I wonder why more is not made of this. After all, while we have tried to do a good deal, through various programs, to put more money into the education of lowachieving, mostly black inner-city children, this has not been an overwhelming national effort. Simultaneously there has been a drastic decline in the environment of many of these children--more drugs, more crime, more illegitimacy. If so much has been achieved with relatively little, why can we not expect further progress? Among all the wonderful charts in this book, it would have been interesting to see one mapping this reduction and extending it into the future.
One of the more intriguing data comes from a study of the children of black American servicemen and German women in Germany. There is no difference in IQ between these children and the children of white American servicemen and German women. This reminds one of the older literature, inspired by the desire to counter racism in the 1920s and 1930s, on the change possible in what were considered fixed racial characteristics. Fifty years ago, one read Otto Klineberg, who seemed to have given a fatal blow to theories of the fixity of intelligence by showing that blacks in the North scored higher on general intelligence tests than whites (or perhaps it was certain groups of whites) in the South. I would like to have seen what later research has done to this argument, but there is nothing on regional differences in intelligence in the book, and Klineberg is not in the massive bibliography.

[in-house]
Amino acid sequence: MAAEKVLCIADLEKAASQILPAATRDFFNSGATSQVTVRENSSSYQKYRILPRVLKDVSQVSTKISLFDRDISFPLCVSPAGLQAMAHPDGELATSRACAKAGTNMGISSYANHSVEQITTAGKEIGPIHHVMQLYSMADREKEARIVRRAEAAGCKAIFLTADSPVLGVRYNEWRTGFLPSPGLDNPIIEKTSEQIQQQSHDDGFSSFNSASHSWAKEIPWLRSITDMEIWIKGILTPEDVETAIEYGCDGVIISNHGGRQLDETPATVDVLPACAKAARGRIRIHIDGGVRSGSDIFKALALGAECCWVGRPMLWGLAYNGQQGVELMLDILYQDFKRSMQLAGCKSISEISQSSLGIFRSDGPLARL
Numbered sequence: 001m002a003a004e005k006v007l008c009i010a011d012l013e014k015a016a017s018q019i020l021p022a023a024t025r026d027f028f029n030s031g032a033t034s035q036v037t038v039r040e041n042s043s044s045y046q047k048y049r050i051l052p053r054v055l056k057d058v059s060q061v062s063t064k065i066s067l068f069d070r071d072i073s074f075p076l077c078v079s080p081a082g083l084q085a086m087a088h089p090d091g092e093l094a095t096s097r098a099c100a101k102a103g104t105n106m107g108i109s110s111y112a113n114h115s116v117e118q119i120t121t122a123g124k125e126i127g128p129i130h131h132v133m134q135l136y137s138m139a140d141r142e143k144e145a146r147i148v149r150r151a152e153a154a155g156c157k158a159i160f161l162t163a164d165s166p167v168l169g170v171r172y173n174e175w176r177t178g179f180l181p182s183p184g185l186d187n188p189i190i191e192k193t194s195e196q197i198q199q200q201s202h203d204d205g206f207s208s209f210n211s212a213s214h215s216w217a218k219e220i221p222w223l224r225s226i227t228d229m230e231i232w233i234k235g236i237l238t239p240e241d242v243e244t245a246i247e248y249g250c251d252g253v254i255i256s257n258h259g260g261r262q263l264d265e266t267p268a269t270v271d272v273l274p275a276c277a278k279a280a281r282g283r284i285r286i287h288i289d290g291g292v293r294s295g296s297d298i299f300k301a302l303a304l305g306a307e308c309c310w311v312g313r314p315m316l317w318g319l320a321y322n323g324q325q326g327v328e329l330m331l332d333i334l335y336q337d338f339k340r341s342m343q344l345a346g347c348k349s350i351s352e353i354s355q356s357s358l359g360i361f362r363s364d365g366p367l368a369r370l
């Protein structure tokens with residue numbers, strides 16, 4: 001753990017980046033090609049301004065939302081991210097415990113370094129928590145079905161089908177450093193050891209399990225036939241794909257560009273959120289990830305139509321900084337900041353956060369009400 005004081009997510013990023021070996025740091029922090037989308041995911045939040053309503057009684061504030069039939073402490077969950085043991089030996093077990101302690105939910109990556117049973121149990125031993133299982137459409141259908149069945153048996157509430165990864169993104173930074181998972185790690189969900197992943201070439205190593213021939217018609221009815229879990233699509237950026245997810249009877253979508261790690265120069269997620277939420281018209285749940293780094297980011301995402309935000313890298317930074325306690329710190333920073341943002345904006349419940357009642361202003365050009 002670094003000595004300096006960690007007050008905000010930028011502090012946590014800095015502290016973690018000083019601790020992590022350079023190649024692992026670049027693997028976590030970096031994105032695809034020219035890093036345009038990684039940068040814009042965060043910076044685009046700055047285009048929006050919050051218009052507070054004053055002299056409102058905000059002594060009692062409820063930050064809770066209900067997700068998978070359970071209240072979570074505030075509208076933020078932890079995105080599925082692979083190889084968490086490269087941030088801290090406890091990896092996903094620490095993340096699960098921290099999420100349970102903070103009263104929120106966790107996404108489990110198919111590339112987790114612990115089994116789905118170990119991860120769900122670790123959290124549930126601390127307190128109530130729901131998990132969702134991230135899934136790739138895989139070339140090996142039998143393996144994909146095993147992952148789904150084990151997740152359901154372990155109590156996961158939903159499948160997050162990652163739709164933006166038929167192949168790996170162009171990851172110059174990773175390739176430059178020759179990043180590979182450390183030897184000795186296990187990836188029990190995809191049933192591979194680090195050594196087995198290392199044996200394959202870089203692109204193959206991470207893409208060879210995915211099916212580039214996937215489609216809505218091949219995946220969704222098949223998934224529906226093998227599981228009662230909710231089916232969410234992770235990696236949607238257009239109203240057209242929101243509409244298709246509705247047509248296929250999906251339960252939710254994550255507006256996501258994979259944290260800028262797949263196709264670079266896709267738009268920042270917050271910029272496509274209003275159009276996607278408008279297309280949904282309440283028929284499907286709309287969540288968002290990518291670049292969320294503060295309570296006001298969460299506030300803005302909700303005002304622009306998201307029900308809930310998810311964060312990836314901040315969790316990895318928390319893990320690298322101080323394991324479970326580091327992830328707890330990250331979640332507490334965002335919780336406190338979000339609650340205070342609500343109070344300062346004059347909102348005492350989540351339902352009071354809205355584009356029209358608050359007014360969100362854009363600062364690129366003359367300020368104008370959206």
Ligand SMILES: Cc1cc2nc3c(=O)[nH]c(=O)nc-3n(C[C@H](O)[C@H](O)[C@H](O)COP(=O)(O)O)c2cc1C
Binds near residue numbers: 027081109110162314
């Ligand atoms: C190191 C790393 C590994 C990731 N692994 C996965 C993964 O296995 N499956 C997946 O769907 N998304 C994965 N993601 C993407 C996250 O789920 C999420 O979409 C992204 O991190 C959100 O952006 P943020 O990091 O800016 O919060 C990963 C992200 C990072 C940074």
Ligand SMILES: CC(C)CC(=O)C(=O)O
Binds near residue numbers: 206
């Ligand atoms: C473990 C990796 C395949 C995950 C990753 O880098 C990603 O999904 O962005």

Finally, on affirmative action Herrnstein and Murray tell us much that is not generally known but has been available for a long time--ever since Justice Powell, in his opinion in the Bakke case, contrasted Allan Bakke's scores on the Medical College Admission Test with the remarkably lower scores of those admitted under the affirmative-action program; ever since Thomas Sowell began making his powerful arguments on the too-large gap between black and non-black students in colleges that aggressively recruit the former; ever since Robert Klitgaard, in his important book Choosing Elites, demonstrated how far down in the pool highly selective college and graduate programs have to reach to get substantial numbers of black students.
We know the story, but what is to be done? Once again, white students who feel they have been discriminated against by an affirmative-action program are suing an institution of higher education (the University of Texas Law School), and the Supreme Court will have to consider the matter. The documents in the case--no surprise--show that without the program of special preference, blacks would constitute only 1 to 2 per cent of the class, a fraction of the number now enrolled. The degree of preference could be less, the amount of perceived unfairness reduced. But I do not see how a country that has struggled so long, and still struggles, to make blacks full and equal participants can take a purely meritocratic position on such matters. If higher education served only to qualify students to become theoretical physicists or Sanskritists, we could remain indifferent to group consequences of purely meritocratic selection. But it does considerably more than that. Group representation must be a consideration, and all we can do is argue about the details.